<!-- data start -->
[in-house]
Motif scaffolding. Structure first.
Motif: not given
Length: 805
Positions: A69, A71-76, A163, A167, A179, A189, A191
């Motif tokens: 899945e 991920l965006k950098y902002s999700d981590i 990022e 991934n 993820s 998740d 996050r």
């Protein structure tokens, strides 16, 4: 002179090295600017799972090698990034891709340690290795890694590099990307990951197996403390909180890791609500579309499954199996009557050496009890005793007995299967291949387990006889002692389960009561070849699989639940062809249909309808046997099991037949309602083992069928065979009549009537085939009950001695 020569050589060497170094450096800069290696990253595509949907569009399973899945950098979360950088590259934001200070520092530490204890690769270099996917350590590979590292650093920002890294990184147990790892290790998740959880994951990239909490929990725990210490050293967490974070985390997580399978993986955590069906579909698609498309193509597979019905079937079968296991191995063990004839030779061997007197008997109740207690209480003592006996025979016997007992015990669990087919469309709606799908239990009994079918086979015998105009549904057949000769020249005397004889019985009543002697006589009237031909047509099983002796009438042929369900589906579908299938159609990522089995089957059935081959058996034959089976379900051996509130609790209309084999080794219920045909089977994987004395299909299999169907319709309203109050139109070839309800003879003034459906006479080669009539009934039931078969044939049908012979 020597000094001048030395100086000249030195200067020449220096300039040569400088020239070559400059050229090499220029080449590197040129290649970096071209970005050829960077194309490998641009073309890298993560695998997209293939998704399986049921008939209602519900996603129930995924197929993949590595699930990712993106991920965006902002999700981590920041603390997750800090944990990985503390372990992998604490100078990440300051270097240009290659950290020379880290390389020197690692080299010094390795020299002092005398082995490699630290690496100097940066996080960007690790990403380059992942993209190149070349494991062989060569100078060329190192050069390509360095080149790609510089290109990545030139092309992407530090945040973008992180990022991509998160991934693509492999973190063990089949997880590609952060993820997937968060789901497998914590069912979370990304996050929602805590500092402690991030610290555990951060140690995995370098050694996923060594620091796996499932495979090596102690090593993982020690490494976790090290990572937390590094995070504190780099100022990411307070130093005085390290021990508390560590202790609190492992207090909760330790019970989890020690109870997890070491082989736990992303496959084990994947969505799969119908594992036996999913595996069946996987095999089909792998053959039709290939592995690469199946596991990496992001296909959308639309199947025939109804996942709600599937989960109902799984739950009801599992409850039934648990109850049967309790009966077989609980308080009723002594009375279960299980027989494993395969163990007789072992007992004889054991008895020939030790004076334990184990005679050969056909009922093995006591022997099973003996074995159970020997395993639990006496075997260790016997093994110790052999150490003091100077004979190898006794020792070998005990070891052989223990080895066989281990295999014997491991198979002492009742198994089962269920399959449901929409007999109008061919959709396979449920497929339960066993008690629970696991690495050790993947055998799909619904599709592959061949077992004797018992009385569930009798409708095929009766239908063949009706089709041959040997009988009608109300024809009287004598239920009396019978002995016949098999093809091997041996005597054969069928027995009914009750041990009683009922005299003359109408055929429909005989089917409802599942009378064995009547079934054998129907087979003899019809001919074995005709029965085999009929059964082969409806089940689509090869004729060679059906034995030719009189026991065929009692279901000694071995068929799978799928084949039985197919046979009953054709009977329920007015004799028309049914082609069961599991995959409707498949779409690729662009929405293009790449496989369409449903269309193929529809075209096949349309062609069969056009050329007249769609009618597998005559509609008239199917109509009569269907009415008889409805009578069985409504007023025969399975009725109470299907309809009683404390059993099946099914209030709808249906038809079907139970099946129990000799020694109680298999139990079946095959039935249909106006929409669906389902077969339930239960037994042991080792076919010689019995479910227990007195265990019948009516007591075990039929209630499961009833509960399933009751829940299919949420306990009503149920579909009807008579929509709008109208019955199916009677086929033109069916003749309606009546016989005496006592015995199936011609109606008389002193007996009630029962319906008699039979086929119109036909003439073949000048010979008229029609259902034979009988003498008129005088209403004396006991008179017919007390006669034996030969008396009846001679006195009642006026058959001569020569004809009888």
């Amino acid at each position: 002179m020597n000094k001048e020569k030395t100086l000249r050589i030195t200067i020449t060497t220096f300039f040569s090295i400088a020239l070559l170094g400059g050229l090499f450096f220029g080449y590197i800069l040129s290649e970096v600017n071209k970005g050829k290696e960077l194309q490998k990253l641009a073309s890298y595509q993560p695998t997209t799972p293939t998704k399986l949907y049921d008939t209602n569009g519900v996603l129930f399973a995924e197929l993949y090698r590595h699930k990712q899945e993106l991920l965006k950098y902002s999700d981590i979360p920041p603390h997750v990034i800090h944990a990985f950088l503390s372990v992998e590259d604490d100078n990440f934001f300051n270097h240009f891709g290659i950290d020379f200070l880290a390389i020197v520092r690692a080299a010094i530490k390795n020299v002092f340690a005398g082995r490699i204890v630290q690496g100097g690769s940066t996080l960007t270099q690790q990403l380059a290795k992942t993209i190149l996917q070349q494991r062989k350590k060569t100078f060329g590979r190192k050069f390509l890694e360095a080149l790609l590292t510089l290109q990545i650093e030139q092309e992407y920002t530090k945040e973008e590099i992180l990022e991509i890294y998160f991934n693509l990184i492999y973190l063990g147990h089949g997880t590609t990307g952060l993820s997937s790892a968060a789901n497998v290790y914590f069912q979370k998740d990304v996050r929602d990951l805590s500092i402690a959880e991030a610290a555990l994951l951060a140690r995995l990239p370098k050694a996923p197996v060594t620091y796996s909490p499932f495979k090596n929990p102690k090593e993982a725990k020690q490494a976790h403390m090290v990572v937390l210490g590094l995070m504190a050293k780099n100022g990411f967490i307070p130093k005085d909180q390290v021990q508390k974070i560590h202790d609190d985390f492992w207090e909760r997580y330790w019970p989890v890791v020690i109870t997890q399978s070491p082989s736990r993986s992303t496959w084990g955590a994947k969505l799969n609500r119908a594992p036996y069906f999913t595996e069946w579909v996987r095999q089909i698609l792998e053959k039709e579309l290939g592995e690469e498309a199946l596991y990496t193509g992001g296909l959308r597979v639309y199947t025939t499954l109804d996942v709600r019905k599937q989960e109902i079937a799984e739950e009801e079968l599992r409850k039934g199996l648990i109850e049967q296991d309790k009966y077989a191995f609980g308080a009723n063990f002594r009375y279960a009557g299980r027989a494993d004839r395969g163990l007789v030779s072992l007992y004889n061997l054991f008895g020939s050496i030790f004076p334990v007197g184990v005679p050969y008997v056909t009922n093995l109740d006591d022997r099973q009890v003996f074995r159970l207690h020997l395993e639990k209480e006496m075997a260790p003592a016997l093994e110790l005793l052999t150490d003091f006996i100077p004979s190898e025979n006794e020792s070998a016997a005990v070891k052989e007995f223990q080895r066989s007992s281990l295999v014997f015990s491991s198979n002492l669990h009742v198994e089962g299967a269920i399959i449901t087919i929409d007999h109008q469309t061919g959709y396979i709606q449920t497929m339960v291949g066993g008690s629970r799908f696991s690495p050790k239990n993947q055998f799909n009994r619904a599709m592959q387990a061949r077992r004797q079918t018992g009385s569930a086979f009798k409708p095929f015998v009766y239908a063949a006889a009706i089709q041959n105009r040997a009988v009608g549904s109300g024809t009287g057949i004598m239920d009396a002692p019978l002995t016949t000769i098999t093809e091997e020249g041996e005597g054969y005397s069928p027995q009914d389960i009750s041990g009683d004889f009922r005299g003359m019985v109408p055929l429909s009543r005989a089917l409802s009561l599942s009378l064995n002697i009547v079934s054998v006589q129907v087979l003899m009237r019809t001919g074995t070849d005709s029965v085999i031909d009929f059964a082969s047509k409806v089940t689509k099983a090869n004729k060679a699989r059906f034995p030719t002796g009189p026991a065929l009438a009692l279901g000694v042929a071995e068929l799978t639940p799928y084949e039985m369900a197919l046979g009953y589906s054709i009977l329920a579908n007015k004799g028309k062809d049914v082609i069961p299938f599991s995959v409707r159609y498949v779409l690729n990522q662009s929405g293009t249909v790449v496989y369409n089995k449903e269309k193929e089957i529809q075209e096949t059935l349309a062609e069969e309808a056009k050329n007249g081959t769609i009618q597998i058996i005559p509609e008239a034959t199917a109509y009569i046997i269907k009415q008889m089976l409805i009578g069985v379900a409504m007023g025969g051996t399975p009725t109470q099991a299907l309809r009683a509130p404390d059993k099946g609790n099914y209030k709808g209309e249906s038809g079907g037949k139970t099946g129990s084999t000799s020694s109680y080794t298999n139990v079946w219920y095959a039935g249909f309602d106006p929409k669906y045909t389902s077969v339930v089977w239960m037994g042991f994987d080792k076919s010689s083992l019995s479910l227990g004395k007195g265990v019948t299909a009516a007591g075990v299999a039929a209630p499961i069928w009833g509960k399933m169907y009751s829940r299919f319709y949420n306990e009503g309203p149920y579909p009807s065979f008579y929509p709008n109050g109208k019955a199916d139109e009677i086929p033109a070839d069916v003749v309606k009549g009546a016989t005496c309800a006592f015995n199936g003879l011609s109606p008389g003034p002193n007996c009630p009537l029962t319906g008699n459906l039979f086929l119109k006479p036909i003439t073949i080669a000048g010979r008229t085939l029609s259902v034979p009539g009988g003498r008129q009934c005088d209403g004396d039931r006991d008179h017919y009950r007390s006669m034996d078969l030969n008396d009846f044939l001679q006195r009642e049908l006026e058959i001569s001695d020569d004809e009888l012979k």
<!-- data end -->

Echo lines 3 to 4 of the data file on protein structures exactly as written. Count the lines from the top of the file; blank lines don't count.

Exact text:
Motif: not given
Length: 805